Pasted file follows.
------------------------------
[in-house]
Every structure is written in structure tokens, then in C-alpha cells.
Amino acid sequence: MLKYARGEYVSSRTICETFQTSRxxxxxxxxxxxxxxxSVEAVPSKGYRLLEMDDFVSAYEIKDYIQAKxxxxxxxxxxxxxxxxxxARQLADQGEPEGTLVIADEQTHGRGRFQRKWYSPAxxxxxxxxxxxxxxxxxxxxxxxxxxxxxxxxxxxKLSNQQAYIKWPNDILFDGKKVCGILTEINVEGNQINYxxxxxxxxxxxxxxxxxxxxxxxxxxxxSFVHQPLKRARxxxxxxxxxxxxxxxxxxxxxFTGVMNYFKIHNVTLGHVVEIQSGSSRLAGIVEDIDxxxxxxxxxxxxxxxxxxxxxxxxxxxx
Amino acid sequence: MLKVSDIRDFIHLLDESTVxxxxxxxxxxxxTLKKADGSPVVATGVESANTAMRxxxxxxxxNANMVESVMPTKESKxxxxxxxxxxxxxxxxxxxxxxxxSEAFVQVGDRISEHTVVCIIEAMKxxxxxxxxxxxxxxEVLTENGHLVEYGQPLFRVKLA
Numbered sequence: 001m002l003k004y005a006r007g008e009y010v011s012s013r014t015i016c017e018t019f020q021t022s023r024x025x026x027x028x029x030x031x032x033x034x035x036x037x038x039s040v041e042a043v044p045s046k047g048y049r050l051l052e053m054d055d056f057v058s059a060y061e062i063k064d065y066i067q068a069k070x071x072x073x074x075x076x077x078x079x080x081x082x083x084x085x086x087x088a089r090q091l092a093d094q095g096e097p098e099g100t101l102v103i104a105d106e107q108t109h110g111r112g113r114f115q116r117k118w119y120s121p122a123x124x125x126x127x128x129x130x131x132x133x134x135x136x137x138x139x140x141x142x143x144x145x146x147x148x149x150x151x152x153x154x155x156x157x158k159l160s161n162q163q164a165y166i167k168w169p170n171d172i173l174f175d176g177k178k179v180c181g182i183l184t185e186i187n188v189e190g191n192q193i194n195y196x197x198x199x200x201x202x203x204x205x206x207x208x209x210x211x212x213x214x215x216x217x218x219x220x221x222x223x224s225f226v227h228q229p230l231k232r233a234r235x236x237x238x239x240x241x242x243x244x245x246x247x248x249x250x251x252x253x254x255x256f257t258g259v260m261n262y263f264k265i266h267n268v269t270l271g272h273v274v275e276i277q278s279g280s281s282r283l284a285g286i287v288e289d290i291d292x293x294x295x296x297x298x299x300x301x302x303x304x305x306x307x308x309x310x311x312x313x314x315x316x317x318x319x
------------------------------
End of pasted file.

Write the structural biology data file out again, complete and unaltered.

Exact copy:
[in-house]
Every structure is written in structure tokens, then in C-alpha cells.
Amino acid sequence: MLKYARGEYVSSRTICETFQTSRxxxxxxxxxxxxxxxSVEAVPSKGYRLLEMDDFVSAYEIKDYIQAKxxxxxxxxxxxxxxxxxxARQLADQGEPEGTLVIADEQTHGRGRFQRKWYSPAxxxxxxxxxxxxxxxxxxxxxxxxxxxxxxxxxxxKLSNQQAYIKWPNDILFDGKKVCGILTEINVEGNQINYxxxxxxxxxxxxxxxxxxxxxxxxxxxxSFVHQPLKRARxxxxxxxxxxxxxxxxxxxxxFTGVMNYFKIHNVTLGHVVEIQSGSSRLAGIVEDIDxxxxxxxxxxxxxxxxxxxxxxxxxxxx
Amino acid sequence: MLKVSDIRDFIHLLDESTVxxxxxxxxxxxxTLKKADGSPVVATGVESANTAMRxxxxxxxxNANMVESVMPTKESKxxxxxxxxxxxxxxxxxxxxxxxxSEAFVQVGDRISEHTVVCIIEAMKxxxxxxxxxxxxxxEVLTENGHLVEYGQPLFRVKLA
Numbered sequence: 001m002l003k004y005a006r007g008e009y010v011s012s013r014t015i016c017e018t019f020q021t022s023r024x025x026x027x028x029x030x031x032x033x034x035x036x037x038x039s040v041e042a043v044p045s046k047g048y049r050l051l052e053m054d055d056f057v058s059a060y061e062i063k064d065y066i067q068a069k070x071x072x073x074x075x076x077x078x079x080x081x082x083x084x085x086x087x088a089r090q091l092a093d094q095g096e097p098e099g100t101l102v103i104a105d106e107q108t109h110g111r112g113r114f115q116r117k118w119y120s121p122a123x124x125x126x127x128x129x130x131x132x133x134x135x136x137x138x139x140x141x142x143x144x145x146x147x148x149x150x151x152x153x154x155x156x157x158k159l160s161n162q163q164a165y166i167k168w169p170n171d172i173l174f175d176g177k178k179v180c181g182i183l184t185e186i187n188v189e190g191n192q193i194n195y196x197x198x199x200x201x202x203x204x205x206x207x208x209x210x211x212x213x214x215x216x217x218x219x220x221x222x223x224s225f226v227h228q229p230l231k232r233a234r235x236x237x238x239x240x241x242x243x244x245x246x247x248x249x250x251x252x253x254x255x256f257t258g259v260m261n262y263f264k265i266h267n268v269t270l271g272h273v274v275e276i277q278s279g280s281s282r283l284a285g286i287v288e289d290i291d292x293x294x295x296x297x298x299x300x301x302x303x304x305x306x307x308x309x310x311x312x313x314x315x316x317x318x319x